I actually love wearing hats, literally! it’s awesome. It’s kind of crazy to say that I have reported on Arab princes at the UN, sold a sci-fi movie to Nickelodeon, and am now a Bollywood actress—so I think I’m closer to accomplishing my lifelong goal to be a pretty fun dinner guest! At the end of the day, whether it’s writing, reporting or acting—I get to tell interesting stories that can connect with millions of people from all corners and backgrounds and that is the most awe-inspiring aspect for me.
How did you bag your first Bollywood film? And tell us about your role in the film Banjo.
Let’s see…I was spotted while sipping a salted caramel chai latte at Starbucks! Hehe I wish! That would be romantic but in reality I was taking classes and getting roles in NYC. I was working on a commercial and the casting director thought I would be perfect for this new movie, Banjo.
But of course there were hundreds of potentials, so I was thrilled to be shortlisted to audition for the director, National Award Winner Ravi Jadhav and his talented team. But when I came to the callbacks, I found that the “short list” included well over 40 other actresses, which was quite intimidating! I stayed focused, and after several rounds was selected for the part. But I didn’t have time to celebrate because I barely had a day to prepare monologues for several scenes in two languages!
In the film, I play hip New York music student Mira, the bubbly best friend to Nargis Fakhri’s lead character, Chris. It was so cool—I had a red streak in my hair, a leather jacket, feather earrings, and had my makeup done by a Game of Thrones artist flown in from Spain!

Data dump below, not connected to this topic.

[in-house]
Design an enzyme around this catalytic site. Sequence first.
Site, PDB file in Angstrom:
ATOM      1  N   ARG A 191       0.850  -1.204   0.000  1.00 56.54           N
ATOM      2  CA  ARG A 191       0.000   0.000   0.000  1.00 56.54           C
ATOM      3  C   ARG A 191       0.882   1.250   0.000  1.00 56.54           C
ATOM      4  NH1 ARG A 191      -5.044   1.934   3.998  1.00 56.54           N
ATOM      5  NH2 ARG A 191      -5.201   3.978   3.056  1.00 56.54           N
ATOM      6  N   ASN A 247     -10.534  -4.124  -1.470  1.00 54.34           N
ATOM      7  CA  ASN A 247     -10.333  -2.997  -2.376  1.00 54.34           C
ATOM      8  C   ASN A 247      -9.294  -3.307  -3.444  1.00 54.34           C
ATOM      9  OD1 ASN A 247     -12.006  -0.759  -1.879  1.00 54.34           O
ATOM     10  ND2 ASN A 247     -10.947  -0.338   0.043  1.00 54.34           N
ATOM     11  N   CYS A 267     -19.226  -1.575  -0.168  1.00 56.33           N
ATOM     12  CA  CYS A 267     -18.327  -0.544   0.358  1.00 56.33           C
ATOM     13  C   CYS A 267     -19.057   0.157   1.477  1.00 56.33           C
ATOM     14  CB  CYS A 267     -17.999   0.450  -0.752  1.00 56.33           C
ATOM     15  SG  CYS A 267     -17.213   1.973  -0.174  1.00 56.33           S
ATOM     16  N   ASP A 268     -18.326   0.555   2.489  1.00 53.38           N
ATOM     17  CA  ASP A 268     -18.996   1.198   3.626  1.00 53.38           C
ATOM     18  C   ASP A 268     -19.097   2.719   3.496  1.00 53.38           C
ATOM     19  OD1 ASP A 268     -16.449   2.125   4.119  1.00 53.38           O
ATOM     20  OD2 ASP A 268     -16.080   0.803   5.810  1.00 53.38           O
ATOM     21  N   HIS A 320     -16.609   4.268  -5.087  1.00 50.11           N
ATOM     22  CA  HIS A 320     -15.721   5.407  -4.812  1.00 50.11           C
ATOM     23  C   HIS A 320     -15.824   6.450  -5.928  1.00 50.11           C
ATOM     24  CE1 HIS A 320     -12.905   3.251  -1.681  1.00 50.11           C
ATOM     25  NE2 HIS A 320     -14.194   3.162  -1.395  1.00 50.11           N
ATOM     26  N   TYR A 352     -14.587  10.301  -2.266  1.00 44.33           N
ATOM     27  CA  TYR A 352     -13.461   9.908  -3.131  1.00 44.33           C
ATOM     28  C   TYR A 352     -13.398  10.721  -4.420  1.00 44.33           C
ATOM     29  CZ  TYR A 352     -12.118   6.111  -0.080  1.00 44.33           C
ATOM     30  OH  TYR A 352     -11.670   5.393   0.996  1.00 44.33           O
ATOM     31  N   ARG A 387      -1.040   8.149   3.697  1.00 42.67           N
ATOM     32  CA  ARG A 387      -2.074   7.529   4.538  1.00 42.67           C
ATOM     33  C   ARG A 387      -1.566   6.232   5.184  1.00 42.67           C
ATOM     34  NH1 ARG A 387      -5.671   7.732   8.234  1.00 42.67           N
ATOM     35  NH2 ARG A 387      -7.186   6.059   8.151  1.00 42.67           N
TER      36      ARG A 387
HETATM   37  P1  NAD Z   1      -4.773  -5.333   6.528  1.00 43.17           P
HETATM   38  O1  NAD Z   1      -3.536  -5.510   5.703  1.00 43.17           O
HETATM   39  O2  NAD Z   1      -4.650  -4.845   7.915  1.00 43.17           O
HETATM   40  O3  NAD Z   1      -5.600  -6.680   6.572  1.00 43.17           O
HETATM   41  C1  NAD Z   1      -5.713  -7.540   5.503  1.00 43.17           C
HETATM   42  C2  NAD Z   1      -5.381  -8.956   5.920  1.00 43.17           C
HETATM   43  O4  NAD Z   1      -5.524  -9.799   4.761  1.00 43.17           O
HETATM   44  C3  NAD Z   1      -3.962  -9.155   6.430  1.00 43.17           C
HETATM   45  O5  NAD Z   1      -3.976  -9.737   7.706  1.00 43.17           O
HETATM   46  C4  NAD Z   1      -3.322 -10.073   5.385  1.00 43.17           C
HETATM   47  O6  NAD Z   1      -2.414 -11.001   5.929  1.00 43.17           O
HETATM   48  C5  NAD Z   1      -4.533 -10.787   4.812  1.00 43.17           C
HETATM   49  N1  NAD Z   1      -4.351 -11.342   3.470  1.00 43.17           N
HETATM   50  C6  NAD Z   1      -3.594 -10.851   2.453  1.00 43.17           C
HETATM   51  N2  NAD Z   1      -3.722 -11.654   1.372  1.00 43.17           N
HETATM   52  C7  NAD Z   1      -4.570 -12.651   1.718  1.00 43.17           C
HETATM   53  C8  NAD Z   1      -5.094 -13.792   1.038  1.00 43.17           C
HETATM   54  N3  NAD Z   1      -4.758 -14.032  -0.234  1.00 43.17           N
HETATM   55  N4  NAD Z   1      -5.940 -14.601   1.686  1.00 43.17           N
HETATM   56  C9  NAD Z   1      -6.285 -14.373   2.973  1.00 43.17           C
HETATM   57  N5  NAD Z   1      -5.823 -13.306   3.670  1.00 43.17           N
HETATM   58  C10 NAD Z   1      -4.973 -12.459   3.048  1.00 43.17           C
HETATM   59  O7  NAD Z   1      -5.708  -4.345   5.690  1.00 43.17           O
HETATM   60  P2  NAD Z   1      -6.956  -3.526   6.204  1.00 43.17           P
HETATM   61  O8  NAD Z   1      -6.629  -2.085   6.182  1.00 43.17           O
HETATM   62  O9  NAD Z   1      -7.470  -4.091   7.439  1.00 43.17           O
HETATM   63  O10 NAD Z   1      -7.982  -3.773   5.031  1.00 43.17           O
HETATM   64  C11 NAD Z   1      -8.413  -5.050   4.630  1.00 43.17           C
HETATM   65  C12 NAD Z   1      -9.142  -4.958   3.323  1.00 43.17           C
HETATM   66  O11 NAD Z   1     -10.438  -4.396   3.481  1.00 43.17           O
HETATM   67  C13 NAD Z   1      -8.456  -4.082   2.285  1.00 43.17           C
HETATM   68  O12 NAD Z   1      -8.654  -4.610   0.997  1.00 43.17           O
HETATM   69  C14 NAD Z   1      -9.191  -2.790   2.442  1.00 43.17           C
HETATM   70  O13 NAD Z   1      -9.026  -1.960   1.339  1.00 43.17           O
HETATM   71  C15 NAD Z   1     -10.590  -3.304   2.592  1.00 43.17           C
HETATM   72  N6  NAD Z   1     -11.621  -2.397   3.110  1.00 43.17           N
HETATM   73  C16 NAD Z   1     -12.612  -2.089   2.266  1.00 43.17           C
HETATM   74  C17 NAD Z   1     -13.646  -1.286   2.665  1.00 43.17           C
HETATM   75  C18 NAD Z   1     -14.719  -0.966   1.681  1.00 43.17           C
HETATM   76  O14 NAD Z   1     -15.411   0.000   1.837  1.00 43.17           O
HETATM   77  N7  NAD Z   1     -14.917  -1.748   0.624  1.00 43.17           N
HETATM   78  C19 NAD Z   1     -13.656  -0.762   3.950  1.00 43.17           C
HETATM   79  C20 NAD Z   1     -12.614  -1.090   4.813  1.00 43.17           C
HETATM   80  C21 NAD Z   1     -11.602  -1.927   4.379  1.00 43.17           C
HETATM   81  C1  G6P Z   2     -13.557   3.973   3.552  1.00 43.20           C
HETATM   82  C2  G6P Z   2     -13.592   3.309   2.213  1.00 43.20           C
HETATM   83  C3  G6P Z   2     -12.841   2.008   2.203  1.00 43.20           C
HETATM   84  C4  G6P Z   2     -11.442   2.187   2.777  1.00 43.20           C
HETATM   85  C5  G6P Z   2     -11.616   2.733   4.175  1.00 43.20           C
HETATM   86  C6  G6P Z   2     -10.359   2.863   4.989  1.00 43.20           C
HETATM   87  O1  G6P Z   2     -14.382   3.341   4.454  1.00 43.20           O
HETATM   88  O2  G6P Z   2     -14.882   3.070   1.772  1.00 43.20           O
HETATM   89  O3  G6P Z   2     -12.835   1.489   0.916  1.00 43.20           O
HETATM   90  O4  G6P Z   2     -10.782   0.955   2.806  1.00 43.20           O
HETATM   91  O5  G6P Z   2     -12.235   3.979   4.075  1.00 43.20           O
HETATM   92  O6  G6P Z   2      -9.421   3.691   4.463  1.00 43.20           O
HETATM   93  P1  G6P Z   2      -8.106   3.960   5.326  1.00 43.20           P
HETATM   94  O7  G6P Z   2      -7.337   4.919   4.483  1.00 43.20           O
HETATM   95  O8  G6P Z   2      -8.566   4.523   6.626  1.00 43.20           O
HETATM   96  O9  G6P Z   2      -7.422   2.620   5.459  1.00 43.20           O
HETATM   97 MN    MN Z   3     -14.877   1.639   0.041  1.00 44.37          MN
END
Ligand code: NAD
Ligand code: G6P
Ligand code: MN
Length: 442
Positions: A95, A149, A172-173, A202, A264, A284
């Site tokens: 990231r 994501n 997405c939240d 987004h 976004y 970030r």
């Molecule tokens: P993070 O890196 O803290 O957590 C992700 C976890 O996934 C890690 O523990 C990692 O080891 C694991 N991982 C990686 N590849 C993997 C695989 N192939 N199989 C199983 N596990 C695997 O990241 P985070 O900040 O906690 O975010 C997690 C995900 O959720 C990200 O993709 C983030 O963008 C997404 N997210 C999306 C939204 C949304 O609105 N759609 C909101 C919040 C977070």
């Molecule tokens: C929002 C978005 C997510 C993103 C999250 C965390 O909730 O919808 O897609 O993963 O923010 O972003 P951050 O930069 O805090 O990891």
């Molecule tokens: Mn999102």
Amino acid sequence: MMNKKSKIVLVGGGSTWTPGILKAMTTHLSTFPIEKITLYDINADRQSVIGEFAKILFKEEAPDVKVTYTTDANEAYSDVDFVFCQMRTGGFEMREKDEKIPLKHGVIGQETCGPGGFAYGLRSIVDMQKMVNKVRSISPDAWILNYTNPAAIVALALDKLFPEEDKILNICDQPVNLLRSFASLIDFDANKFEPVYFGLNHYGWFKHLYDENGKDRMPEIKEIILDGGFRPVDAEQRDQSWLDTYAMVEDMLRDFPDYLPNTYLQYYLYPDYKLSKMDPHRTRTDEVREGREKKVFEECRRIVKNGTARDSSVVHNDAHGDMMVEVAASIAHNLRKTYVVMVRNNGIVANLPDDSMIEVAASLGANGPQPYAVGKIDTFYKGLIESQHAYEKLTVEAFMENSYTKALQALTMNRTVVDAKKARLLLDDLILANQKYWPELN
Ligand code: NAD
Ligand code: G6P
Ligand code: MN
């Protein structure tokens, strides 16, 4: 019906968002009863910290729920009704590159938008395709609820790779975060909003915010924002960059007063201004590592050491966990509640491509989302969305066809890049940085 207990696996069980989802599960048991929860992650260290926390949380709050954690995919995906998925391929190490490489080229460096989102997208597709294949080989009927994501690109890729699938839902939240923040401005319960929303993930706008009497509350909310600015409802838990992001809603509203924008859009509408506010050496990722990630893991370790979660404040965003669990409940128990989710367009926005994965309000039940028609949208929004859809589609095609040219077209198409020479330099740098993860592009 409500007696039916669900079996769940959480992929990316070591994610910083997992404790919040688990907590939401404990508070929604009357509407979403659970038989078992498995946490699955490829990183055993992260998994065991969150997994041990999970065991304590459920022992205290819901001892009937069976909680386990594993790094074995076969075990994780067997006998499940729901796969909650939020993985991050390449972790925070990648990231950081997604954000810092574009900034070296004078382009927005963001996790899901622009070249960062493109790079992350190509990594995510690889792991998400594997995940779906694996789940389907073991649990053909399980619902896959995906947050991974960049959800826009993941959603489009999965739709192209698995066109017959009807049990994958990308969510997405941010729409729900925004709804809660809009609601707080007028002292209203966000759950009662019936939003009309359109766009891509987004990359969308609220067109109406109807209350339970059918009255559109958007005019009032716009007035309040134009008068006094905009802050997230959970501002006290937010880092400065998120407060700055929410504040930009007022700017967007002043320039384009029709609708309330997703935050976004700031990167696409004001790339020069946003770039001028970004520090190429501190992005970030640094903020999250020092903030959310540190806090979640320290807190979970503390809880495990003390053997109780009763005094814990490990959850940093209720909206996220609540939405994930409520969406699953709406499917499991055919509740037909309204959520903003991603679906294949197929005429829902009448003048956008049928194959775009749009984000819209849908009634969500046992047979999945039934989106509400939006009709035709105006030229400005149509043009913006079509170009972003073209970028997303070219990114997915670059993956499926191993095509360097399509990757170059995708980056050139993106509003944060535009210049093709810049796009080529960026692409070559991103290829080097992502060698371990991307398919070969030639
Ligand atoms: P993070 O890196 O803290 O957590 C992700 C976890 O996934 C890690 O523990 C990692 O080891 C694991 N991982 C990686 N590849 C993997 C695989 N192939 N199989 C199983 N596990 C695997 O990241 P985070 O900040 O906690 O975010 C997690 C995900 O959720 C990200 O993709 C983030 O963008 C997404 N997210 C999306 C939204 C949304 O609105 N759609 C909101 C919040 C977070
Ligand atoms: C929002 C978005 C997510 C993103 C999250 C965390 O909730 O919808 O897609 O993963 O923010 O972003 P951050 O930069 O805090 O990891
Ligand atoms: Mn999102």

— Shruthi Mathur (@Shruthi_Mathur) September 27, 2016
There are so many aspects that made this movie feel meant to be. Director Ravi Jadhav described Mira as the catalyst for motivating Chris to chase her musical dreams from Manhattan to Mumbai and I could immediately relate to the character. My little brother Shomin is an actual New York music student at the Clive Davis Institute of Recorded Music at New York University Tisch and I’m the one who’s been encouraging him to pursue singing, songwriting, and producing beats professionally. I think we all need champions in our life to inspire us, so this was certainly a passion project that came full circle!
What are the challenges you face as an Indian American actor both here and in India?
It has been a very unique and interesting opportunity to get to work in both Hollywood and Bollywood. One of the biggest differences I found is that in the United States, we are pioneers in many ways and so it’s up to us to shape our own narratives. Every day I am changing perceptions and redefining the limits of not only who I am, but who I can play on screen.